You will then need to complete the Charter as appropriate (e.g. including your timeframes etc.) and an authorised signatory should return the completed Charter to us. We will then review the document and send you the Charter Mark for the relevant year, which you can display on your website, appropriate marketing and recruitment materials, and in email footers if you wish. We can also provide hardcopy versions for display in a reception area, or similar. Please note that if you wish to display the Charter Mark anywhere else, you must have FreeBar’s permission first. By sending the completed Charter to us, you agree to allow us to include you on a published list of signatory organisations.

In addition to publicising the fact that you have signed up, the Charter also requires signatories annually to review their ongoing compliance with the Charter. We suggest you do so towards the end of the calendar year so that we can then provide the Charter Mark for the next year. We may make adjustments to the Charter as best practice evolves, so as part of your annual review, please check that you are using the most up to date version.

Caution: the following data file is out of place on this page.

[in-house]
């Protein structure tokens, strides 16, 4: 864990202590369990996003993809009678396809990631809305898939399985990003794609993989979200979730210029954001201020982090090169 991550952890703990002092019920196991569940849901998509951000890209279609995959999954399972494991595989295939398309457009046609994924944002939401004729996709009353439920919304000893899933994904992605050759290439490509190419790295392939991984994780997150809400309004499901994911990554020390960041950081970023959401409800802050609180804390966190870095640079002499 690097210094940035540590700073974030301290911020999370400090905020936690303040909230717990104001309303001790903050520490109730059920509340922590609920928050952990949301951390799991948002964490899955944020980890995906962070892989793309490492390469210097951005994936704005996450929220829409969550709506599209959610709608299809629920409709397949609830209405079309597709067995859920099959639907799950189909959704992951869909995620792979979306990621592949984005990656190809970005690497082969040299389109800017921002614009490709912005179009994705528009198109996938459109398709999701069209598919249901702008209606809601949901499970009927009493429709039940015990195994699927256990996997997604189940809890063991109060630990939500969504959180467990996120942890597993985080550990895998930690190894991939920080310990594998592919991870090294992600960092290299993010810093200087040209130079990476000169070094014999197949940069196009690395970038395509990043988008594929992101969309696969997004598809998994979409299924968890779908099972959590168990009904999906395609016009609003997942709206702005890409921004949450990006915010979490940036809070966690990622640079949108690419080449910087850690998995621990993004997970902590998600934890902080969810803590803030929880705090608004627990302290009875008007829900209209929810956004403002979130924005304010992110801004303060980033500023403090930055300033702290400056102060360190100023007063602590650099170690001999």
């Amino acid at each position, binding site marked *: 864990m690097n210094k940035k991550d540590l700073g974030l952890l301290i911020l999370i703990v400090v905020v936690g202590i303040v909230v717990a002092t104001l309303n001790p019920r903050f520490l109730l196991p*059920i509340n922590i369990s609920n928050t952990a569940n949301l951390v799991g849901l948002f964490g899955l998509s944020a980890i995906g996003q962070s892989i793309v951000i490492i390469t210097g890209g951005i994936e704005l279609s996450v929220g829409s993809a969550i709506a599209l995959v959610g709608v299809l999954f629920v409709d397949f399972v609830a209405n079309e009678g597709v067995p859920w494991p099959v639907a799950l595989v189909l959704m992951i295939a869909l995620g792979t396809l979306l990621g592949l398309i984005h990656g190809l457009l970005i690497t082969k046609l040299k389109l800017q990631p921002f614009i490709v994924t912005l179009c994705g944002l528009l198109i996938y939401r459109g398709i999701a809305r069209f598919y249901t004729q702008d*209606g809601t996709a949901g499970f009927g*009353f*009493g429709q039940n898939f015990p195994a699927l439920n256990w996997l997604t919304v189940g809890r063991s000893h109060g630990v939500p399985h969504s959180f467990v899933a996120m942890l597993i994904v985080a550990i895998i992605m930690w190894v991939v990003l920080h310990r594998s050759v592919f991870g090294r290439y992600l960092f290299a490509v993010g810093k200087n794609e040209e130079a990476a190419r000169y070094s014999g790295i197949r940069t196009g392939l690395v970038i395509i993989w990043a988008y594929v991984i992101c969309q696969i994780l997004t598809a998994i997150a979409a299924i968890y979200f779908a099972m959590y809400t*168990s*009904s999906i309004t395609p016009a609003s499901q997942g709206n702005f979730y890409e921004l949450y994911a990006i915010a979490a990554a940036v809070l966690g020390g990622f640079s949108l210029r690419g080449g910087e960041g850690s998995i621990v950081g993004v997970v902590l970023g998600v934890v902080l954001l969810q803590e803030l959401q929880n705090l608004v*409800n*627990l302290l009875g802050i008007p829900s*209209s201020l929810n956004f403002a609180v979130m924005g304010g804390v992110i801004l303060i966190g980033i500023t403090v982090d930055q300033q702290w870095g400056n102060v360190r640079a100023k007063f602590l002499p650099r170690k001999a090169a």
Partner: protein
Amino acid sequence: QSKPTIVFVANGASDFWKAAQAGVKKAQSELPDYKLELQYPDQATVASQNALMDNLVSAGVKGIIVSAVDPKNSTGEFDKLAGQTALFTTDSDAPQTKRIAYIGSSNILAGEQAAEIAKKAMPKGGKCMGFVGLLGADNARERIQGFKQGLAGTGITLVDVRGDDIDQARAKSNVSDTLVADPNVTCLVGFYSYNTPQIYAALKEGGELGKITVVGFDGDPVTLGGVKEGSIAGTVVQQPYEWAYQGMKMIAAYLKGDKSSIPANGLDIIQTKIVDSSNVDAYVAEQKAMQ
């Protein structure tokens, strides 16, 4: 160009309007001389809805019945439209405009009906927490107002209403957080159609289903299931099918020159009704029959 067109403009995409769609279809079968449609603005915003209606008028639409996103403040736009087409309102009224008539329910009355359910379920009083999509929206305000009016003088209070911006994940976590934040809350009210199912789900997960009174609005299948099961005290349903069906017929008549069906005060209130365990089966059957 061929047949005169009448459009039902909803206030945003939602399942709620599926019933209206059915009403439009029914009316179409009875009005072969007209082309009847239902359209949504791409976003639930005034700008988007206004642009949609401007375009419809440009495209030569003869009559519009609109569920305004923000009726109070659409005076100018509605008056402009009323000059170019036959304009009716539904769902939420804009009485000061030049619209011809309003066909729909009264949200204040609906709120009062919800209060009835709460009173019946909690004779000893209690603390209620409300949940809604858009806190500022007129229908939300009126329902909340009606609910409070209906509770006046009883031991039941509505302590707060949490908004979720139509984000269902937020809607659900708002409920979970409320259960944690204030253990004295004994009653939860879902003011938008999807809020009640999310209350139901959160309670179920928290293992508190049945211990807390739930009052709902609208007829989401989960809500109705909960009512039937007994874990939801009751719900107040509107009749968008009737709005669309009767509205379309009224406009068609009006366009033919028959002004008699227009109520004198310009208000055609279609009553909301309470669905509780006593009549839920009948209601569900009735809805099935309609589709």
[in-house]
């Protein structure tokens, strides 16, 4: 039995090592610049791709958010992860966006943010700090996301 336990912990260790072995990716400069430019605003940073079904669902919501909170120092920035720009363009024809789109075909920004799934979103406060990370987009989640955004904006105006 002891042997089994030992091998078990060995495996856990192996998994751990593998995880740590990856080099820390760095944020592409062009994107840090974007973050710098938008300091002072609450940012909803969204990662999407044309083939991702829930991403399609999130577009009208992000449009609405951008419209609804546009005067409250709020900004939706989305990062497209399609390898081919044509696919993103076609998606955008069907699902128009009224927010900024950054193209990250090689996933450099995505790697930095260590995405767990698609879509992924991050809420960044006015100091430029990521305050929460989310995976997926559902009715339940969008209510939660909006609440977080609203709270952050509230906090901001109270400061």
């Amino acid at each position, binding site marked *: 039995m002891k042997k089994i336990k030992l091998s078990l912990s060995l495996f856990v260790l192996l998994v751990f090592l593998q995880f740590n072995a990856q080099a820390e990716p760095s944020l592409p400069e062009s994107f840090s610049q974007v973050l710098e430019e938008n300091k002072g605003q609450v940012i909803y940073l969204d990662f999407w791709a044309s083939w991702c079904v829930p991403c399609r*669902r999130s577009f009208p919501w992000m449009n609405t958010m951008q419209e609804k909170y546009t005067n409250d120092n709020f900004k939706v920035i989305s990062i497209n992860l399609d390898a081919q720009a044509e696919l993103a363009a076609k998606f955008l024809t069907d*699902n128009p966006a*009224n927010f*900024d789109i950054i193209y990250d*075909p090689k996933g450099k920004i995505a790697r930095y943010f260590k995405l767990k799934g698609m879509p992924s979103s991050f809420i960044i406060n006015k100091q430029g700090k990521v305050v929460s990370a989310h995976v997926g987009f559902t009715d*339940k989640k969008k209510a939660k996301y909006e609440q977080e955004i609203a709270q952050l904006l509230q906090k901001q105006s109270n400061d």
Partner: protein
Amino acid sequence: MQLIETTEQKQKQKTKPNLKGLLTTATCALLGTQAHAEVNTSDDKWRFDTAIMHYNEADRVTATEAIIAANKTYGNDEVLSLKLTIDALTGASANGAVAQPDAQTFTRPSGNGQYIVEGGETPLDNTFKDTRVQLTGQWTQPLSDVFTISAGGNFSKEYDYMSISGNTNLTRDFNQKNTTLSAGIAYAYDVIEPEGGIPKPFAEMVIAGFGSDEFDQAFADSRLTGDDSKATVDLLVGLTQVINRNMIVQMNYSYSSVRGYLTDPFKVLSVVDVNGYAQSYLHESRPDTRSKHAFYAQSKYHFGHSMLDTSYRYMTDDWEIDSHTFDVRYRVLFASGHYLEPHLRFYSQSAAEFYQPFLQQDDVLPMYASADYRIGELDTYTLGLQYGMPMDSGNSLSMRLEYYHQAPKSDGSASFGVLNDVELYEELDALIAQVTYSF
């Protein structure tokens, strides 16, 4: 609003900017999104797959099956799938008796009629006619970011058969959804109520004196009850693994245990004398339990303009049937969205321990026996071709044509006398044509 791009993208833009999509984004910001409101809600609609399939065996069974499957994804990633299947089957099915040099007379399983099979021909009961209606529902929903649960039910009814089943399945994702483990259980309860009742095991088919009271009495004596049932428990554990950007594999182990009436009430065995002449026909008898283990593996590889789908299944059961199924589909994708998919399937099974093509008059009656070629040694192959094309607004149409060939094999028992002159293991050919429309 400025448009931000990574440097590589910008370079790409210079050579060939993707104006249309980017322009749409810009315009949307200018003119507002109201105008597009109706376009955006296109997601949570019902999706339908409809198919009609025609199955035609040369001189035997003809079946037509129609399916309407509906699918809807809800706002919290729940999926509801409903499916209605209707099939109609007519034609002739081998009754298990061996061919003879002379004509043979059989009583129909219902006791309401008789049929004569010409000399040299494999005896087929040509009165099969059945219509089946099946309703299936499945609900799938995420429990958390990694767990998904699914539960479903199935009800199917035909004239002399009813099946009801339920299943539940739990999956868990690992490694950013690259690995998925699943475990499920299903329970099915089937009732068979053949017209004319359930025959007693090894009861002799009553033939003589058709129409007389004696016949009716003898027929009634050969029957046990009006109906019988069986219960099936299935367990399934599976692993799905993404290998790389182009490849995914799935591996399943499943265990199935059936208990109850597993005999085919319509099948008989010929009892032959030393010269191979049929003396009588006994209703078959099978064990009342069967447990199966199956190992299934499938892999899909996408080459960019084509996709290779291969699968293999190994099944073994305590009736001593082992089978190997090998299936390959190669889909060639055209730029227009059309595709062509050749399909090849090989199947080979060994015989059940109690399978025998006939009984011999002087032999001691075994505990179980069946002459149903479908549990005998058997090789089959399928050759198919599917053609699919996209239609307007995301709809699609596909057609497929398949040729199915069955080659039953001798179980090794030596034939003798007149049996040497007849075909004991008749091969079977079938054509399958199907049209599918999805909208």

We will not formally be checking compliance. The Charter relies on self-certification and public scrutiny from within each organisation and beyond.

Of course, there can be no obligation on anyone to sign up to the Charter. That is a matter for each organisation through its internal decision-making processes. Some may choose to show their commitment to welcoming LGBT+ people in other ways.

If you have any queries about the Charter or how to sign up, please email with the subject “Charter Enquiry”.

The Charter

This Charter has been designed by FreeBar to guide organisations at the Bar in implementing best practice with regards to LGBT+ inclusion and to allow organisations to demonstrate to potential applicants and clients that they are (or are working towards becoming) an LGBT+ inclusive organisation.